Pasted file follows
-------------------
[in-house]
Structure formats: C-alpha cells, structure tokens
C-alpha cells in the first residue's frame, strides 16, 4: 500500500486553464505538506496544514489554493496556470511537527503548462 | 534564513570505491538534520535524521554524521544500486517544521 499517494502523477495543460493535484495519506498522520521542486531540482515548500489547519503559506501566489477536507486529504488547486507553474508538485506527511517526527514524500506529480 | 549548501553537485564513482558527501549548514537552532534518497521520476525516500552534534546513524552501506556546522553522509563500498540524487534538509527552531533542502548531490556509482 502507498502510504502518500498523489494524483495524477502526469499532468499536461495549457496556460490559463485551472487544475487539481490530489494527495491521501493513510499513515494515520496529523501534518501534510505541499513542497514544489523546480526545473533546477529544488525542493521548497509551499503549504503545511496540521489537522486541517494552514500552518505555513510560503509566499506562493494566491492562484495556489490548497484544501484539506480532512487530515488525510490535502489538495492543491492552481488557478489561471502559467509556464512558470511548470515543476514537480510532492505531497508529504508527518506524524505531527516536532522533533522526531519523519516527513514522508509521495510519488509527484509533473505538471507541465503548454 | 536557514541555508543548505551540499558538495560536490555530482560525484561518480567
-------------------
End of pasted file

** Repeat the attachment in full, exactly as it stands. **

[in-house]
Structure formats: C-alpha cells, structure tokens
C-alpha cells in the first residue's frame, strides 16, 4: 500500500486553464505538506496544514489554493496556470511537527503548462 | 534564513570505491538534520535524521554524521544500486517544521 499517494502523477495543460493535484495519506498522520521542486531540482515548500489547519503559506501566489477536507486529504488547486507553474508538485506527511517526527514524500506529480 | 549548501553537485564513482558527501549548514537552532534518497521520476525516500552534534546513524552501506556546522553522509563500498540524487534538509527552531533542502548531490556509482 502507498502510504502518500498523489494524483495524477502526469499532468499536461495549457496556460490559463485551472487544475487539481490530489494527495491521501493513510499513515494515520496529523501534518501534510505541499513542497514544489523546480526545473533546477529544488525542493521548497509551499503549504503545511496540521489537522486541517494552514500552518505555513510560503509566499506562493494566491492562484495556489490548497484544501484539506480532512487530515488525510490535502489538495492543491492552481488557478489561471502559467509556464512558470511548470515543476514537480510532492505531497508529504508527518506524524505531527516536532522533533522526531519523519516527513514522508509521495510519488509527484509533473505538471507541465503548454 | 536557514541555508543548505551540499558538495560536490555530482560525484561518480567